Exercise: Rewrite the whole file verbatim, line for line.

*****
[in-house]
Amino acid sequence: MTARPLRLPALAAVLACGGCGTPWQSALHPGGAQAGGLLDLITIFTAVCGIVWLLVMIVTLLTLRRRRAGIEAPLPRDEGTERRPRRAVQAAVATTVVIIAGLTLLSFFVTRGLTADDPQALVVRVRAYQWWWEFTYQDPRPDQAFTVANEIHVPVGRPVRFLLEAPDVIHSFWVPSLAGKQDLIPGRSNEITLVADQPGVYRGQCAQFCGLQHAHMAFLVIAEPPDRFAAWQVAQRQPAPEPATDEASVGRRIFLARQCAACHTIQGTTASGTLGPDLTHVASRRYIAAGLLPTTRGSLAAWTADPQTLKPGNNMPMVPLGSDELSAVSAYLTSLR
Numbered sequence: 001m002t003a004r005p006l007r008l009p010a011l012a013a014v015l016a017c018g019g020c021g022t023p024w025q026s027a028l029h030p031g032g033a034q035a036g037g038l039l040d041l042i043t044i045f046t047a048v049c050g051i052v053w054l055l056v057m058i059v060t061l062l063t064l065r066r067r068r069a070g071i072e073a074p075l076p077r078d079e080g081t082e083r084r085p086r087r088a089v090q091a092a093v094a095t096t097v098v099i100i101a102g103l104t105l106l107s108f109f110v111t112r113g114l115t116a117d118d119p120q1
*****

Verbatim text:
[in-house]
Amino acid sequence: MTARPLRLPALAAVLACGGCGTPWQSALHPGGAQAGGLLDLITIFTAVCGIVWLLVMIVTLLTLRRRRAGIEAPLPRDEGTERRPRRAVQAAVATTVVIIAGLTLLSFFVTRGLTADDPQALVVRVRAYQWWWEFTYQDPRPDQAFTVANEIHVPVGRPVRFLLEAPDVIHSFWVPSLAGKQDLIPGRSNEITLVADQPGVYRGQCAQFCGLQHAHMAFLVIAEPPDRFAAWQVAQRQPAPEPATDEASVGRRIFLARQCAACHTIQGTTASGTLGPDLTHVASRRYIAAGLLPTTRGSLAAWTADPQTLKPGNNMPMVPLGSDELSAVSAYLTSLR
Numbered sequence: 001m002t003a004r005p006l007r008l009p010a011l012a013a014v015l016a017c018g019g020c021g022t023p024w025q026s027a028l029h030p031g032g033a034q035a036g037g038l039l040d041l042i043t044i045f046t047a048v049c050g051i052v053w054l055l056v057m058i059v060t061l062l063t064l065r066r067r068r069a070g071i072e073a074p075l076p077r078d079e080g081t082e083r084r085p086r087r088a089v090q091a092a093v094a095t096t097v098v099i100i101a102g103l104t105l106l107s108f109f110v111t112r113g114l115t116a117d118d119p120q1